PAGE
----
“You wanted to be an article?” For all of I’s sentiments a moment earlier, I was mildly outraged.

That waved the question off, ordering a whiskey sour. “It doesn’t matter. It’s never going to happen. Some nonsense about me being a determiner.”

Several pronouns shifted uneasily. Loose talk about articles was never a good idea.

“Bill got a dog. Bill got the dog. Bill got that dog.” That downed the whiskey with one swift tilt of the elbow. “What’s the use? It’s all politics.”

“I don’t think…” I began nervously.

“The is to blame, of course,” This chimed in. “Mr.-I’m-used-more-often-than-any-other-word-in-the-English-language. As if that makes The better than the rest of us. But let me ask you, does getting used most often make a word a ruler or a whore?”

“This, shut up!” You hissed.

“Think about it,” This insisted. “The isn’t a dominator. The is the most common denominator. You see what The is doing don’t you, You? The wants to get rid of us just like The did with Thither and Therewithal and Thereupon. The can’t stand even a whiff of competition.”

“The doesn’t want people to have options because The’s entire existence is based on a lie.” That added with a mixture of alcohol fueled rage and rash courage   “Things do not have a singular, ultimate, identity. Bill doesn’t watch the baseball game as if it were the one true baseball game that all other baseball games can only aspire to. Bill watches a game or that game. A person doesn’t run to the store. There are lots of stores.”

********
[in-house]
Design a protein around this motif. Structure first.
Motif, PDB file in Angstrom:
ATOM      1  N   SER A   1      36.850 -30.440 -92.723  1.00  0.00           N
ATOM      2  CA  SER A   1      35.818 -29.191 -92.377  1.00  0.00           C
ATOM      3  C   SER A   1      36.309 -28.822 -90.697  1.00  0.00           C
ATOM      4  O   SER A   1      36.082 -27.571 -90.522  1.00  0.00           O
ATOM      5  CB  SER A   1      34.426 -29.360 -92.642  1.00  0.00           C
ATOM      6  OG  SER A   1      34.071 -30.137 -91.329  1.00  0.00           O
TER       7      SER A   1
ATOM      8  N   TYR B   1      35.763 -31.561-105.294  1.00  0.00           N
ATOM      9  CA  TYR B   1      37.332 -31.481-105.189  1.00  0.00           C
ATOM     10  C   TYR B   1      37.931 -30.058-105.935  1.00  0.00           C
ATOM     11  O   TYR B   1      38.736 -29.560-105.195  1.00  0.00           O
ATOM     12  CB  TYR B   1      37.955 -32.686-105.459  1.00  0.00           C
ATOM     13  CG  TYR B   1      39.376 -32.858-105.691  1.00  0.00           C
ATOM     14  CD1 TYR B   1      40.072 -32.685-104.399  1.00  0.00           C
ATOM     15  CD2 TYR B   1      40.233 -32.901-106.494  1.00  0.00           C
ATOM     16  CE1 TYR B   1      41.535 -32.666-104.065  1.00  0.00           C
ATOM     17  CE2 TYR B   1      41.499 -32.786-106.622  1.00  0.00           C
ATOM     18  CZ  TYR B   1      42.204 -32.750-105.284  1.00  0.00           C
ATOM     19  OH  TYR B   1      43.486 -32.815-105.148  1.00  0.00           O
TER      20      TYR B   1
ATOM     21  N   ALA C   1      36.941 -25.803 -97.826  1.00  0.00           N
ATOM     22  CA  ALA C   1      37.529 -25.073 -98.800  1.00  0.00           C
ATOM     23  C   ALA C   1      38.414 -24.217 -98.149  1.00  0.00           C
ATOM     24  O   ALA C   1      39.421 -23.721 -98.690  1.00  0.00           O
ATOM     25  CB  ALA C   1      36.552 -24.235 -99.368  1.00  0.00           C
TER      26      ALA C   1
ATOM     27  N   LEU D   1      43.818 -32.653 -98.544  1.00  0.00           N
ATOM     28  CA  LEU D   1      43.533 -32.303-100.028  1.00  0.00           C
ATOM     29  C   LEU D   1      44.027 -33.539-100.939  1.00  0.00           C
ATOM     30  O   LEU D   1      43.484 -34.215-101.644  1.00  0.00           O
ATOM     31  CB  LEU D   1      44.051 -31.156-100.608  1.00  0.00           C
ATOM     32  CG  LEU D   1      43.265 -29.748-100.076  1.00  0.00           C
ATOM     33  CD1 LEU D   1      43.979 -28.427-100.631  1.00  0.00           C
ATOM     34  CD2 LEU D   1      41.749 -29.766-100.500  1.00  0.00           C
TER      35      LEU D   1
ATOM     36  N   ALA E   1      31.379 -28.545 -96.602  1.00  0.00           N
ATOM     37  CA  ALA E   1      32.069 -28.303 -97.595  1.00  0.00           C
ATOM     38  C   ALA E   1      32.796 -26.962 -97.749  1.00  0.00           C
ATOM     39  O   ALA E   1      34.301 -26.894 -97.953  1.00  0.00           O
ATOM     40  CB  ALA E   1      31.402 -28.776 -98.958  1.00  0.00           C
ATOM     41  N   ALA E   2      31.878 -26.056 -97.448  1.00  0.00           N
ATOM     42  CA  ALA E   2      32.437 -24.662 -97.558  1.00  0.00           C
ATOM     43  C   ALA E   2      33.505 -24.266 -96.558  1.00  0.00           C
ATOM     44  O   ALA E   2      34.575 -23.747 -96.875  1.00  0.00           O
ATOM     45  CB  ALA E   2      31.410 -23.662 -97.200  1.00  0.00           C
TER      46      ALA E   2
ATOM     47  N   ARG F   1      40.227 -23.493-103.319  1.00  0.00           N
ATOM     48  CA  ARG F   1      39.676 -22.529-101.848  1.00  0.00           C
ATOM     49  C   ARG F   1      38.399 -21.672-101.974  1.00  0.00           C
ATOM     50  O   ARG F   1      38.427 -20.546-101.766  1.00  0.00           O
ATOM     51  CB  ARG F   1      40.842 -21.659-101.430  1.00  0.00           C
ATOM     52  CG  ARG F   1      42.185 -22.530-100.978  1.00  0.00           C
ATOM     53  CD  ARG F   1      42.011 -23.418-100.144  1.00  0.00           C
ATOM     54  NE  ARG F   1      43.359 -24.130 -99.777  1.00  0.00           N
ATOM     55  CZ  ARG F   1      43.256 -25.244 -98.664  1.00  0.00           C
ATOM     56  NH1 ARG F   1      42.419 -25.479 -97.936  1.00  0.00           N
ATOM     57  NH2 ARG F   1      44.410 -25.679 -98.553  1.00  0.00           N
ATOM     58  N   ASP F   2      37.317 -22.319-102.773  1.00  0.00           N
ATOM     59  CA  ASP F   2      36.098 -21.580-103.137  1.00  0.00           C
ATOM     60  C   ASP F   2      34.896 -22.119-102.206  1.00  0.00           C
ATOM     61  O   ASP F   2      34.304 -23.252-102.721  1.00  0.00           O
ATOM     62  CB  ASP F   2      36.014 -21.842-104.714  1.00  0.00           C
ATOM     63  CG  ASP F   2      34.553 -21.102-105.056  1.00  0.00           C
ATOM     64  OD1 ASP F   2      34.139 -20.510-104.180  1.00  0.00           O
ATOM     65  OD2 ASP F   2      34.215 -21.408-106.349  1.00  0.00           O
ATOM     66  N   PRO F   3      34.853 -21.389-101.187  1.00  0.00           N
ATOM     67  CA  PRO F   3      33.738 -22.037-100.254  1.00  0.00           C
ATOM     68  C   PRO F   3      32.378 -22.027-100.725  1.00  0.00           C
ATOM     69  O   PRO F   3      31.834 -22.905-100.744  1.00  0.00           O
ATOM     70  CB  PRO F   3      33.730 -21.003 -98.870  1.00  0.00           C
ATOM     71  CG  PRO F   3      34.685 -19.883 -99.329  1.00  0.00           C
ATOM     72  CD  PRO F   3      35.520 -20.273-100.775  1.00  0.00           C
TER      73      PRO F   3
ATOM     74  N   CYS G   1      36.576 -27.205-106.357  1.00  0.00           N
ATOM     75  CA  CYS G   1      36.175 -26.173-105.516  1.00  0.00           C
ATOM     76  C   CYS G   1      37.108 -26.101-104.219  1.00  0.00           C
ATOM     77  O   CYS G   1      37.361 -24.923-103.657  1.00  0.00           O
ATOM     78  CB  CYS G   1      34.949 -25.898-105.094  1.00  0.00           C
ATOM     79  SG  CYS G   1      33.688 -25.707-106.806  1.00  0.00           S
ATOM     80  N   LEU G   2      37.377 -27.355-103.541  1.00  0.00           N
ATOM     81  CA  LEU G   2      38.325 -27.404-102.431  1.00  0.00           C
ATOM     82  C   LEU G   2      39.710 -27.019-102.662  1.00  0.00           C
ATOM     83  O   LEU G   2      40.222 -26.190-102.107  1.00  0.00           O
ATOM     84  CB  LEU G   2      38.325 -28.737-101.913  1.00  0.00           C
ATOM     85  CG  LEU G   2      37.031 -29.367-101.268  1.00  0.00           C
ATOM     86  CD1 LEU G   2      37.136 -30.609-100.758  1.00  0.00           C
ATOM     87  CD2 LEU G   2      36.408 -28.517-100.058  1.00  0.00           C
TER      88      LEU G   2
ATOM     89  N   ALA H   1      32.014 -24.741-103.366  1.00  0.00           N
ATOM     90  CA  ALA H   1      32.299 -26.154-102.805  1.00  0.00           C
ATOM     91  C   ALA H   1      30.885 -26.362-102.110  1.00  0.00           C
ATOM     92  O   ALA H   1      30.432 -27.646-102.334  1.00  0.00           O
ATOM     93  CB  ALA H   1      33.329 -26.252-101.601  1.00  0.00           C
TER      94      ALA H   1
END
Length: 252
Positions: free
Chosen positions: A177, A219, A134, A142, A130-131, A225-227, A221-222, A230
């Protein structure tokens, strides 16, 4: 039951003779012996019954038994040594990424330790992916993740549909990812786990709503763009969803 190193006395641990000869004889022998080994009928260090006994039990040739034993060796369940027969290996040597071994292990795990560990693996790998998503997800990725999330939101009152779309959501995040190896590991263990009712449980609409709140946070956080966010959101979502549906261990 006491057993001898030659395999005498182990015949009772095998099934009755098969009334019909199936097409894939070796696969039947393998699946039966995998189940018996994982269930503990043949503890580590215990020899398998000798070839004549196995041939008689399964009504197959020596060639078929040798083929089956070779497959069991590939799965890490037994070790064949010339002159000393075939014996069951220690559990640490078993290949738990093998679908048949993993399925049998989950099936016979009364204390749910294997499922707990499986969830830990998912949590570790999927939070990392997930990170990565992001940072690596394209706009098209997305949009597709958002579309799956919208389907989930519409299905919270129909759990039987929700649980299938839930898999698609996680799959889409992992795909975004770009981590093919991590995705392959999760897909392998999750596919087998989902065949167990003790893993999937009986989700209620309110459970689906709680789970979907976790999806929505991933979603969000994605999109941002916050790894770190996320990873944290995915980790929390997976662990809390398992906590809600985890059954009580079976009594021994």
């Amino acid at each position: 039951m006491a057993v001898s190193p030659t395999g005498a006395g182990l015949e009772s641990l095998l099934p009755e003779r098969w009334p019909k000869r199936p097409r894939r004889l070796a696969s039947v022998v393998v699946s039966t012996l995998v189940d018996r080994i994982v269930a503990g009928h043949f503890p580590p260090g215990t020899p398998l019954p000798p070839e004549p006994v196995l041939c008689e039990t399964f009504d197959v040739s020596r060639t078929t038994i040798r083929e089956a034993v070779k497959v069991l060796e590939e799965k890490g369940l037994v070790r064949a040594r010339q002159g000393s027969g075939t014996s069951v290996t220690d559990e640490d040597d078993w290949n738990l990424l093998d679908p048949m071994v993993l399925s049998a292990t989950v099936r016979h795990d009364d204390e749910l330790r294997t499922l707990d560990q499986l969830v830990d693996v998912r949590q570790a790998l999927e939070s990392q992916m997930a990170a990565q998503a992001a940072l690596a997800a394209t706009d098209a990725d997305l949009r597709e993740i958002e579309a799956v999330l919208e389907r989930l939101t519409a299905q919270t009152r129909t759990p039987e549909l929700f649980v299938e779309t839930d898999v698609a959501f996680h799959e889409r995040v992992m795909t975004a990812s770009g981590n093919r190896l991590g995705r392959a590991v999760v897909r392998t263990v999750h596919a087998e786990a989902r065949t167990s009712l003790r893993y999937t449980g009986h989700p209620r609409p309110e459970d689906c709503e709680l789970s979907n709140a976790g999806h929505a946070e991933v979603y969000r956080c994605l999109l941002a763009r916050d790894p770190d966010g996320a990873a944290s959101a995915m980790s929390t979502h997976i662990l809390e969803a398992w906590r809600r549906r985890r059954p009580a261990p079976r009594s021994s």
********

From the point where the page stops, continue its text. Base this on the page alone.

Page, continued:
“That is quite enough.” They stood up from the armchair facing the fire place and ripped off a fake y hanging from They’s chin like a large beard.

“The!” You gasped.

“And I’m not alone,” The sneered. Action verbs suddenly materialized as if from nowhere. Hide, Cloak, Conceal, Obscure, Blend, Blur, Camouflage, Obfuscate, Disguise, Shroud, and Screen seemed to peel themselves off from the very walls and flanked the pronouns. More ominously, behind those verbs of subterfuge emerged several more thuggish and aggressive verbs such as Capture, Restrain, Hold, Bind, Truss, Imprison, Detain, Incarcerate, and Seize.

“Take That,” The commanded. “And throw That to the prepositions.”

All of the pronouns gasped. The prepositions were animals. They would use That like an object.

“You’ve gone too far The,” I accused. “It’s all very well to say that you’re the most commonly used word, but you can’t actually sentence us.”